Below a common or “standard” thesis format is first provided, followed by variations found in recently completed theses from three different fields, none of which follow this format exactly.
COMMON (STANDARD) THESIS STRUCTURE
Chapter 1: Introduction to Thesis (usually a short chapter)
Chapter 2: Literature Review
Chapter 3: Methodology
Chapter 4: Results
Chapter 5: Discussion / Interpretation
Chapter 6: Recommendations / Future Research (sometimes included in
Discussion / Interpretation or Conclusion)
Chapter 7: Conclusion
References / Bibliography
COMPARISONS OF STRUCTURE OF 3 PhD THESES
Computing (A topic in the modeling and processing of a particular type of data)
Chapter Title Type
Ch 1 Introduction Thesis overview
Ch 2 Background and Lit Review Conceptual background, Lit. review
Ch 3 Three Real Problems and Their Models Technical content, Problem posing
Ch 4 Theoretical Analysis and Algorithms Results
Ch 5 Applications and Experimental Design Results
Ch 7 Conclusions and Future Work Conclusions, Summary, Prospect
Linguistics (A study of bilingualism in a particular country)
Chapter Title Type
Ch 1 Introduction Thesis overview
Ch 2 Background Historical, etc. background
Ch 3 Overview of conceptual frameworks Conceptual background, Lit. review
Ch 4 Language attitudes: Matched guise Results
Ch 5 Language diary study Results
Ch 6 Questionnaire study Results
Ch 7 Field experiment: Actual language Results
Ch 8 Concluding remarks Conclusions, summary, future research
Tourism (A study on a particular city [X] as portrayed through tourism literature)
Chapter Title Type
Introduction Conceptual etc. background, overview
Ch 1 Tourists, Travellers, Sightseers Conceptual and historical background
Ch 2 The Tourist Destination Conceptual background
Ch 3 Sound and Vision Conceptual background
Ch 4 As Seen On Television Conceptual background, Case studies
Ch 5 Recognising the Recognisable Conceptual background, Case studies
Ch 6 Views of [X] Results
Ch 7 [X] as The Vanishing Lady Results
Ch 8 The Travel Show Results
Ch 9 Holiday Results
Ch 10 Home Truths From Abroad Conclusions, Summary
Academic Writing: Building a Construction of Ideas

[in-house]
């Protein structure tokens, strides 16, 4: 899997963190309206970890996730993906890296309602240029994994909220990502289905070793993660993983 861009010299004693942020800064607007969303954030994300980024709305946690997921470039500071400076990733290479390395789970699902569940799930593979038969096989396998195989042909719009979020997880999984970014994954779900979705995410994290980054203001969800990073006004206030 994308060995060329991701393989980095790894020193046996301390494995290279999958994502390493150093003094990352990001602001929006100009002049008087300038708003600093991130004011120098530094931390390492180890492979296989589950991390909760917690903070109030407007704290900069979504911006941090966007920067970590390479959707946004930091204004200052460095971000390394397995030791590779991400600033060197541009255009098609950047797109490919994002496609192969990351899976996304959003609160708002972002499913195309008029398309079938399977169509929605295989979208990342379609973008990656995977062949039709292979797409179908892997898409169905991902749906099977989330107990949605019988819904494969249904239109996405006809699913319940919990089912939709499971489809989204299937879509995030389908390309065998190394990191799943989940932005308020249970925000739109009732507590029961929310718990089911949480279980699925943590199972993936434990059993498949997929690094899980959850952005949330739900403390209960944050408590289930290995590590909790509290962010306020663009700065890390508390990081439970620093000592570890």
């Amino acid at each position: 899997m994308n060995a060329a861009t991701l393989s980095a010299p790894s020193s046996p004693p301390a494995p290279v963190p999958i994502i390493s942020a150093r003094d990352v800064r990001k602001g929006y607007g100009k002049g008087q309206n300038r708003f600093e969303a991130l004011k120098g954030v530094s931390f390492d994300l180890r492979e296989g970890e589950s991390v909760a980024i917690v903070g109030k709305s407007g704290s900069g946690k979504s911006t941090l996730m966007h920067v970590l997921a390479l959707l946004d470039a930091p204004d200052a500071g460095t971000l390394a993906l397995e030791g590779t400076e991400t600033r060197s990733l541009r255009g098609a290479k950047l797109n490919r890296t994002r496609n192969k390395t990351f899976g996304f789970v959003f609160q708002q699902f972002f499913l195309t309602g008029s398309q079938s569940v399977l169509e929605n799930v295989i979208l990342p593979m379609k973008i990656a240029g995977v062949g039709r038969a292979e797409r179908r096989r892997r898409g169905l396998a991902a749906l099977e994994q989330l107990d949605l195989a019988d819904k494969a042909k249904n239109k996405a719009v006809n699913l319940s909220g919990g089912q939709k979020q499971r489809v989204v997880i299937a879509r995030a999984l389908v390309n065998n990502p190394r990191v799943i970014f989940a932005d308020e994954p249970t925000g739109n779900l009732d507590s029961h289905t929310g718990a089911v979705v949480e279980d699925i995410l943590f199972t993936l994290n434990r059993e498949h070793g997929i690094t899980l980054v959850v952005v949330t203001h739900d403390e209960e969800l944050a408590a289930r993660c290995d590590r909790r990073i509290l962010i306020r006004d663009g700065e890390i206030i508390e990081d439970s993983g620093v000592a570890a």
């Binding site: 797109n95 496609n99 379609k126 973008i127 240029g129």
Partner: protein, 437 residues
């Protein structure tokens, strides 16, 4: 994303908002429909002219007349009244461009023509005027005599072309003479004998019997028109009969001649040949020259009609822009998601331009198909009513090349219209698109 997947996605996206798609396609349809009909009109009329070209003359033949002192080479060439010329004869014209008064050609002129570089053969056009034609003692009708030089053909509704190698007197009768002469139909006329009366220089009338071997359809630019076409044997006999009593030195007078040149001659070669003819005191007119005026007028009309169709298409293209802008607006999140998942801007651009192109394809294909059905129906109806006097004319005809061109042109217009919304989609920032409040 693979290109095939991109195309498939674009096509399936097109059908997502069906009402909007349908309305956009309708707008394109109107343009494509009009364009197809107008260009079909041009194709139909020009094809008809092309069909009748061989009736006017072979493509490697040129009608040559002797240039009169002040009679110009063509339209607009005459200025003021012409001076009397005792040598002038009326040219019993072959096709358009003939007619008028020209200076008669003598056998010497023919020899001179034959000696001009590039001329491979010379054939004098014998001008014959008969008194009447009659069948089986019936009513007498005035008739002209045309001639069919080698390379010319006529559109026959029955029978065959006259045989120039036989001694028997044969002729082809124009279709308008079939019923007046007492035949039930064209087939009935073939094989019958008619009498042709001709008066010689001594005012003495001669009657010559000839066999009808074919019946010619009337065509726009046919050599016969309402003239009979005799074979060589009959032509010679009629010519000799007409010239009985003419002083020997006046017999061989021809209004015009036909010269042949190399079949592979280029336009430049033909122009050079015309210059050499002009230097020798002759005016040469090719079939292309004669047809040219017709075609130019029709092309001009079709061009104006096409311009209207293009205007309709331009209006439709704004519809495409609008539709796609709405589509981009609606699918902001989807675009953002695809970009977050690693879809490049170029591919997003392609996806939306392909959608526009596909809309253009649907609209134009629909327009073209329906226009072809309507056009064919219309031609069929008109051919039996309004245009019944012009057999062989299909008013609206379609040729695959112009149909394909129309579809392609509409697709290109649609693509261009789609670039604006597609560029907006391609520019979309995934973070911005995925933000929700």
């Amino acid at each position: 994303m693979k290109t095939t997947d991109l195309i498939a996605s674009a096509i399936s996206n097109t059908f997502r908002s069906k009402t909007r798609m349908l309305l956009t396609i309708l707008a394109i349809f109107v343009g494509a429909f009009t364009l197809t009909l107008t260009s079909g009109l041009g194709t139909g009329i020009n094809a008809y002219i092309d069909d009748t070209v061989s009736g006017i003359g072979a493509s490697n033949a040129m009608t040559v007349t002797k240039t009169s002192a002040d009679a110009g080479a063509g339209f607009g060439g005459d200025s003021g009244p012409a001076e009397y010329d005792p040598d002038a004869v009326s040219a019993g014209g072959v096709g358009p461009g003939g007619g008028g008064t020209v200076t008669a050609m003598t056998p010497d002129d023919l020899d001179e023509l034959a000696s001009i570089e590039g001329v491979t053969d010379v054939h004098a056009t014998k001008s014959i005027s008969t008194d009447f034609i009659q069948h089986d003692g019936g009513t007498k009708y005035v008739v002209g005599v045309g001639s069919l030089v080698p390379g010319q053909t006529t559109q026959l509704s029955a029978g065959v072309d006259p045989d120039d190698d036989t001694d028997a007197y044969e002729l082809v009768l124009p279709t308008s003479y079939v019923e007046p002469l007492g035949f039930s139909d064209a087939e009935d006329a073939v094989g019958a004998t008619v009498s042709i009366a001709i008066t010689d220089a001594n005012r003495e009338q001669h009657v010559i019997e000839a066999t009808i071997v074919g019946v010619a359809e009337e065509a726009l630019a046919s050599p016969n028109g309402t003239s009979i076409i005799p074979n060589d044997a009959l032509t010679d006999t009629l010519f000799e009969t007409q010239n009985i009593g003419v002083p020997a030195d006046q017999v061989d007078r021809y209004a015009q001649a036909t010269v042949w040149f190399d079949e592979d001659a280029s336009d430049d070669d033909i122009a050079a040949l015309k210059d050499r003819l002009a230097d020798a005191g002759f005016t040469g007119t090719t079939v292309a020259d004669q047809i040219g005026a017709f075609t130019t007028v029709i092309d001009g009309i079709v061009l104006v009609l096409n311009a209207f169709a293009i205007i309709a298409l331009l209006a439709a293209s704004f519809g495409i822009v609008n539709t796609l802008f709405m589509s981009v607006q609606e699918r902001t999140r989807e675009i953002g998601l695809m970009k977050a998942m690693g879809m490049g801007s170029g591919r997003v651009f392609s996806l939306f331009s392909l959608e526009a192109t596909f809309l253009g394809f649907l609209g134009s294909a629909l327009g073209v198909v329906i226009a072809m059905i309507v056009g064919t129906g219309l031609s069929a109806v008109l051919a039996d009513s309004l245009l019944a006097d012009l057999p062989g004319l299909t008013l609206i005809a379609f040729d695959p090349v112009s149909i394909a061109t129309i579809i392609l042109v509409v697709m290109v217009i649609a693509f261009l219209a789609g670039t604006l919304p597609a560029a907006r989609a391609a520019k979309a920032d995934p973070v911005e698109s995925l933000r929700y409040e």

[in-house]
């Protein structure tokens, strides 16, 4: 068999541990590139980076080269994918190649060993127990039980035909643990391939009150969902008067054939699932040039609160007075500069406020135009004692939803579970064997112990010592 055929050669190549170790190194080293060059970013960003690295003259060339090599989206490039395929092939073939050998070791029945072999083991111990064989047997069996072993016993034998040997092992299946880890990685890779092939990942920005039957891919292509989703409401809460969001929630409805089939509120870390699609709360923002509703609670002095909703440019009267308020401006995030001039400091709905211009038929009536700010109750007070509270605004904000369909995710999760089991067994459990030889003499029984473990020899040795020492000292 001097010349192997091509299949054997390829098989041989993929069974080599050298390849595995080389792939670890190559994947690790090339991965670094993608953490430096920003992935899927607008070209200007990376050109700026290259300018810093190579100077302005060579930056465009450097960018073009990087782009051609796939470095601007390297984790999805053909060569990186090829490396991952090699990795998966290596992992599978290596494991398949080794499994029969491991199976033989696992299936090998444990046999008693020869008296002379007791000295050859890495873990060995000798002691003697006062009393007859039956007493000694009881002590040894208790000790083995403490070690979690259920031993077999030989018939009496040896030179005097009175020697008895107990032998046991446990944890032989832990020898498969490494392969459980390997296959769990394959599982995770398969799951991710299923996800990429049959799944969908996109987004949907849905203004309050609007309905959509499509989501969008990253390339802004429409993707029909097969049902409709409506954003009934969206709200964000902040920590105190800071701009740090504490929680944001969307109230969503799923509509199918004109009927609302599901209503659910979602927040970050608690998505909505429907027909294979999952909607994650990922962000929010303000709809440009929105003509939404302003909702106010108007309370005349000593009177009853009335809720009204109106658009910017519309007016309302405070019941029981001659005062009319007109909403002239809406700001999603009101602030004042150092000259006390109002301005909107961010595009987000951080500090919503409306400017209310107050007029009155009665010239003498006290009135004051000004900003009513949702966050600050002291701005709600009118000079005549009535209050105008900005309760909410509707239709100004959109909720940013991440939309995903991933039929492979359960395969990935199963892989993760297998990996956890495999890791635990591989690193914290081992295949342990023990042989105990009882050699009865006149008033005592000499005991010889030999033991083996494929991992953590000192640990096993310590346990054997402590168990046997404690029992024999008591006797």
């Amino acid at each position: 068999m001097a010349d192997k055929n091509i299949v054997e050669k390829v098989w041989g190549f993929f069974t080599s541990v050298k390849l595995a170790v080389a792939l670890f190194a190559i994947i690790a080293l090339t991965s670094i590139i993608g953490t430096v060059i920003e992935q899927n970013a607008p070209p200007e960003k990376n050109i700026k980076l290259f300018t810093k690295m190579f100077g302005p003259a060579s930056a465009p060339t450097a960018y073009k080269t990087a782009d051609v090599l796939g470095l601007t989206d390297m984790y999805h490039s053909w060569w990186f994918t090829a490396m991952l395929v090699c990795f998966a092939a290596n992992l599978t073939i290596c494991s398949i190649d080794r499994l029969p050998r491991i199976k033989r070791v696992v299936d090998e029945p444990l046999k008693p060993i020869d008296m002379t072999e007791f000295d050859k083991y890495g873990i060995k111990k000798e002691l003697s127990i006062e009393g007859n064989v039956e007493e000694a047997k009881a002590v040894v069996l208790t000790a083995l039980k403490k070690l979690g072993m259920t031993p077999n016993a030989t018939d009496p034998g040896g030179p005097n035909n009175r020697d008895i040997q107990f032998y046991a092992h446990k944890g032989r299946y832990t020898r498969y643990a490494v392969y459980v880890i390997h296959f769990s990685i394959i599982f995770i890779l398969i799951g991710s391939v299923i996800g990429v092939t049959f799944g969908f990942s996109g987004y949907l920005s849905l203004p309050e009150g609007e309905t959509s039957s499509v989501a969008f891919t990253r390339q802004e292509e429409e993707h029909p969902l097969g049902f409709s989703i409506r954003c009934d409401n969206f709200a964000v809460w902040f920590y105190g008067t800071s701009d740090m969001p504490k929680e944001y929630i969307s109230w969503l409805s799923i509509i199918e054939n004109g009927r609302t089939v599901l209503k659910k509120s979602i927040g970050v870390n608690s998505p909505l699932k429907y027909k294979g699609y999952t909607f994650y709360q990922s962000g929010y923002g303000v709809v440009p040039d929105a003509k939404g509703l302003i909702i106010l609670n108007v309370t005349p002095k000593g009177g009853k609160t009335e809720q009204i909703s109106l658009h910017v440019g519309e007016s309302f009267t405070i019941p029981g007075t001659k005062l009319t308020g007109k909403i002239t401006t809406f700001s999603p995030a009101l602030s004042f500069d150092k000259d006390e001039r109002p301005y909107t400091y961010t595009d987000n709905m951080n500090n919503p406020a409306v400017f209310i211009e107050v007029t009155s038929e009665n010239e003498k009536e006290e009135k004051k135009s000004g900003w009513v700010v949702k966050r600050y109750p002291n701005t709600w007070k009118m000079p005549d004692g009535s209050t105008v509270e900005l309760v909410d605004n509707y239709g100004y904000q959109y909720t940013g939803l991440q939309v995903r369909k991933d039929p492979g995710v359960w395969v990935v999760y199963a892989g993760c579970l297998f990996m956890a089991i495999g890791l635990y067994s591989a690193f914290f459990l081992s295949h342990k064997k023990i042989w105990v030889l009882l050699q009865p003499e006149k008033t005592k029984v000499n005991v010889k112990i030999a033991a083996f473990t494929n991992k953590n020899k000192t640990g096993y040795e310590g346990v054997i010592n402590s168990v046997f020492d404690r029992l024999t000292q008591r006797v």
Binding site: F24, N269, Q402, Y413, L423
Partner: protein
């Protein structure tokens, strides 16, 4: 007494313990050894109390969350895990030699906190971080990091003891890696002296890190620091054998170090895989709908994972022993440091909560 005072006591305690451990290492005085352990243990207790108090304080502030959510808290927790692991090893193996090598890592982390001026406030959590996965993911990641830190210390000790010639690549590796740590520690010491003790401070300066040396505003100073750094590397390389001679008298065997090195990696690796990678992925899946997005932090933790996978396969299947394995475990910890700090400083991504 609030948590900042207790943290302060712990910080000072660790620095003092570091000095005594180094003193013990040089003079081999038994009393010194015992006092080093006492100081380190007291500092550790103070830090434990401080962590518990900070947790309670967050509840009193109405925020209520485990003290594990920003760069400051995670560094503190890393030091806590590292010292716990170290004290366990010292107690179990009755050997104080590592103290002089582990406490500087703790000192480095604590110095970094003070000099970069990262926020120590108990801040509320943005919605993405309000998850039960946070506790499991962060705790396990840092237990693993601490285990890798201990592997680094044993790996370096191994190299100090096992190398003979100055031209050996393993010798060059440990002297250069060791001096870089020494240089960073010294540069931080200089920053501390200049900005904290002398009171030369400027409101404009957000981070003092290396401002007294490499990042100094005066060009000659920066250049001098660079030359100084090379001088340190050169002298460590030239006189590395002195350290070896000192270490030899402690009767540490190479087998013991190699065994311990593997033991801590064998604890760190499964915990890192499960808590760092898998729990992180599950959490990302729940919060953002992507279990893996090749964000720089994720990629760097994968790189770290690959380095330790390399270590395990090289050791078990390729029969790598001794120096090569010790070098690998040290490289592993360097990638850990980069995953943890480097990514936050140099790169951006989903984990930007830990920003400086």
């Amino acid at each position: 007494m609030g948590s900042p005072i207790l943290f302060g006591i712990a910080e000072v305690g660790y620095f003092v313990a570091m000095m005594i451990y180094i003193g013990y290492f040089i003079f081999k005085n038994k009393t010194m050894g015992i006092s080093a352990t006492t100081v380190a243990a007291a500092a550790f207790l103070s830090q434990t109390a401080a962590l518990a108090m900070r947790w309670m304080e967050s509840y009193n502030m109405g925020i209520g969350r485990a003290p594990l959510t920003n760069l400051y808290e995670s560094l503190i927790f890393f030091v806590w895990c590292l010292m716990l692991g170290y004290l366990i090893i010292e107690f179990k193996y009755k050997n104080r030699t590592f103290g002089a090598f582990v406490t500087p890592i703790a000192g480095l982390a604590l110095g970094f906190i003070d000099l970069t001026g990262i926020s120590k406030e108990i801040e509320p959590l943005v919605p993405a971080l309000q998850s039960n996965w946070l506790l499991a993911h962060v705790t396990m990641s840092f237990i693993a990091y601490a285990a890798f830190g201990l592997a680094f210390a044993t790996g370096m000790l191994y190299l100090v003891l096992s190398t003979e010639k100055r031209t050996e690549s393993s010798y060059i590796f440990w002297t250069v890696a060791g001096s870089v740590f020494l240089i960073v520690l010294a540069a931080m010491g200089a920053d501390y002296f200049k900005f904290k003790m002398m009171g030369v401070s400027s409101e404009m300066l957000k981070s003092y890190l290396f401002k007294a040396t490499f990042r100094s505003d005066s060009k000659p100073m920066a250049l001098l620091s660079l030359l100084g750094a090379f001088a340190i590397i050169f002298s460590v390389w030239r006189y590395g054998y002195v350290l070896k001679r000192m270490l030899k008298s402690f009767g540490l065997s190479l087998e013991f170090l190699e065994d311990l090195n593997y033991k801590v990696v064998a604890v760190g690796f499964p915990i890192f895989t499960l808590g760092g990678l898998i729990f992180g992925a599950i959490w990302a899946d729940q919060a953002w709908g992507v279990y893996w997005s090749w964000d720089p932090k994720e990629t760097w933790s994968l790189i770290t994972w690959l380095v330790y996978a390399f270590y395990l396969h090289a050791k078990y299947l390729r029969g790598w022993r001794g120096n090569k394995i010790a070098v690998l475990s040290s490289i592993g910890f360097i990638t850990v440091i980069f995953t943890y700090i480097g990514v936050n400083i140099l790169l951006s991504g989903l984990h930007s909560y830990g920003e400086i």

Academic thinking and reasoning involve building a construction of related ideas. Thus, it is only to be expected that the expression of academic thinking and reasoning through language (whether spoken or written) will also involve building a construction of related ideas. The utility of written language for expressing complex thoughts and constructions of ideas resides in its resources for building logical relations, meaning relations, and abstraction.
A clause is the minimal component of a written sentence, said to express one complete idea. Frequently, two clauses or more will be joined together or merged in order to express relationships between ideas.
E.g., The point can be debated; it is not universally agreed.
The point is not universally agreed and thus can be debated.
Not all writers share that point of view; nevertheless, it is a common position.
Not all writers share that point of view, although it is a common position.
The rebels were infiltrating the government; this occurred before fighting began
Long before the fighting had begun, the rebels were infiltrating the government.
Most commonly, the relationships between ideas are shown with the aid of punctuation and specific markers of the meaning and type of relationship intended. The first type of example below is uncommon in a thesis because there are no explicit connections made between the ideas. This makes possible several somewhat different interpretations as to what the writer wishes to emphasise or to argue. In the second of the two examples, the writer makes explicit connections between ideas.
E.g. The news spread quickly. It was disseminated in a series of pamphlets. These received a wide audience. The public responded by calling for the overthrow of the government.